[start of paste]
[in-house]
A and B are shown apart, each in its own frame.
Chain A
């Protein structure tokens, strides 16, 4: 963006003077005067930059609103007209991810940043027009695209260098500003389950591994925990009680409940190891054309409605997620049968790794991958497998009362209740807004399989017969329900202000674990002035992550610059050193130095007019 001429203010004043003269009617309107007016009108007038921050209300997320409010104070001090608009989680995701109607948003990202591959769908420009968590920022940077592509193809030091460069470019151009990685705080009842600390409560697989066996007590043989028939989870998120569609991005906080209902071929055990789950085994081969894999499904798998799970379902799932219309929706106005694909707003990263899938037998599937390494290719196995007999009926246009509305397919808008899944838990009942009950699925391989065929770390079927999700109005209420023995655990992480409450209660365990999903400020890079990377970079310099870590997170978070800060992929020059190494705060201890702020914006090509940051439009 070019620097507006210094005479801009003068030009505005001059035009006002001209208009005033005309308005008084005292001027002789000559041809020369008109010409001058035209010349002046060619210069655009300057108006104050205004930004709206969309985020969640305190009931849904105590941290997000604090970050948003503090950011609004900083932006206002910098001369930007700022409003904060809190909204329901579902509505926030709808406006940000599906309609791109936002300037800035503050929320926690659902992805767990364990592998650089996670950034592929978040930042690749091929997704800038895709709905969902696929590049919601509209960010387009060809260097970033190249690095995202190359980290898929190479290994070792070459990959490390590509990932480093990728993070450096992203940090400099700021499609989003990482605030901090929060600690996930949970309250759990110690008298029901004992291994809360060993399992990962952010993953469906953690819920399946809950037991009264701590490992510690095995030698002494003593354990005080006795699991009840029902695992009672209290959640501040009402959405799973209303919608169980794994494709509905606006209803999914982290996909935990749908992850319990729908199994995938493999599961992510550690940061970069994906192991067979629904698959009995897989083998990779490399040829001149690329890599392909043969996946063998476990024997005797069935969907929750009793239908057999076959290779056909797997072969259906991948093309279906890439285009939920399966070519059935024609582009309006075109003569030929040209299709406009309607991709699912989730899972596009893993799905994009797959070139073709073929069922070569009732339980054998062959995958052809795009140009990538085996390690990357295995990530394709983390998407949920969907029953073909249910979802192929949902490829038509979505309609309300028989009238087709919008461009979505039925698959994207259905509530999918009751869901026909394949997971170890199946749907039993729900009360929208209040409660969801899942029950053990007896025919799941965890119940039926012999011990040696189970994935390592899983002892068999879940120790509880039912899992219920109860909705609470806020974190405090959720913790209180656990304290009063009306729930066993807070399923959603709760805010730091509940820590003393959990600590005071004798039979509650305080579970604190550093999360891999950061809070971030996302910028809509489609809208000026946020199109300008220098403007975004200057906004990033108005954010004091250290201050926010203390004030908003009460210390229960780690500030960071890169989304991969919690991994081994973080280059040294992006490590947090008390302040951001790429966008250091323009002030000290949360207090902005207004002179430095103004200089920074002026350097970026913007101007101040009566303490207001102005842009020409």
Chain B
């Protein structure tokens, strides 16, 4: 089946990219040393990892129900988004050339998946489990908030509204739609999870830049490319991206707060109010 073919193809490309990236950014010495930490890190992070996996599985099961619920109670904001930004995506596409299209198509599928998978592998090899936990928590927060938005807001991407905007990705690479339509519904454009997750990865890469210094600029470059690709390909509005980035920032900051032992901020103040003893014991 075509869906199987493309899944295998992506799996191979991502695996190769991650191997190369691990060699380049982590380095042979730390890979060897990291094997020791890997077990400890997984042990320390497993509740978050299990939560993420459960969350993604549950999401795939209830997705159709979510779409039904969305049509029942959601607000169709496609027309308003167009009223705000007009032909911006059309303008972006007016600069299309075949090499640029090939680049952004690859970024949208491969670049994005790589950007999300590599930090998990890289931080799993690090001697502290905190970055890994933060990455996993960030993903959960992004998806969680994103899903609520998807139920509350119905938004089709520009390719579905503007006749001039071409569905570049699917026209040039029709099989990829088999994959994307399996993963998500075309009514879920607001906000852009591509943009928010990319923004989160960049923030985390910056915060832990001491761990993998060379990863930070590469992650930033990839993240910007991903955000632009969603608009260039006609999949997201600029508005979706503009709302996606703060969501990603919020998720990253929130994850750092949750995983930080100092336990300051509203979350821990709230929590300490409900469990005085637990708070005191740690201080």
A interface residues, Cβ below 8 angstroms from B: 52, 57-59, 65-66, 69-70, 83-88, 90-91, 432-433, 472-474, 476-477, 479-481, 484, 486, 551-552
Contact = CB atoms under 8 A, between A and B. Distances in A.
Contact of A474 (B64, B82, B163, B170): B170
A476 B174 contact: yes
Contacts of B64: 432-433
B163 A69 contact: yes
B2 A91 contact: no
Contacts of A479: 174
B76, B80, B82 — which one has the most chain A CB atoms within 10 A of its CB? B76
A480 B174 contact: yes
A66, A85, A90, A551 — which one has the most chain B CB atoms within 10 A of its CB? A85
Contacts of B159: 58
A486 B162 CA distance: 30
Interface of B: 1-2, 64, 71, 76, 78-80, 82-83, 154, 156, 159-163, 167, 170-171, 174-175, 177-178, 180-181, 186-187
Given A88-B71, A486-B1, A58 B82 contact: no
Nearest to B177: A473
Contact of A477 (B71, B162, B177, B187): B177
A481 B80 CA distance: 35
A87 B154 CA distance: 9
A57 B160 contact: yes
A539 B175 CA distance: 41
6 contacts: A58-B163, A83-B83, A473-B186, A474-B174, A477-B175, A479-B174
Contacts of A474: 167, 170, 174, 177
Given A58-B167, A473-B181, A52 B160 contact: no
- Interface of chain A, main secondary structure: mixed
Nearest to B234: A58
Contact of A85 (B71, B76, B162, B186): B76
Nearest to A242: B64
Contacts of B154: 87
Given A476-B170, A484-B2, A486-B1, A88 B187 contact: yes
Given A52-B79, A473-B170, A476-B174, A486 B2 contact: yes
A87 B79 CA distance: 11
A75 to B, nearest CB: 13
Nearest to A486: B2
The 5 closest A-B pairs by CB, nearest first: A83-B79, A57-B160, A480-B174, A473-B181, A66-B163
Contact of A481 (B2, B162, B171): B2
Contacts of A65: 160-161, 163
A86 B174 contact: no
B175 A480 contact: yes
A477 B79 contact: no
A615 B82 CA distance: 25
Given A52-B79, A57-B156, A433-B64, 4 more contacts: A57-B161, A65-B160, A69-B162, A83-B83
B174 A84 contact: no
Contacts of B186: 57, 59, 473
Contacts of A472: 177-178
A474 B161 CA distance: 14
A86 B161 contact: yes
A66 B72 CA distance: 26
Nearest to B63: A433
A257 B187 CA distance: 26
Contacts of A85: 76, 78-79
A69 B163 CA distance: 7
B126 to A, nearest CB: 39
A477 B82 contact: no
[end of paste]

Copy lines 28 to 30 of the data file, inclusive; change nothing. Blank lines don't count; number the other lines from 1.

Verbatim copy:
6 contacts: A58-B163, A83-B83, A473-B186, A474-B174, A477-B175, A479-B174
Contacts of A474: 167, 170, 174, 177
Given A58-B167, A473-B181, A52 B160 contact: no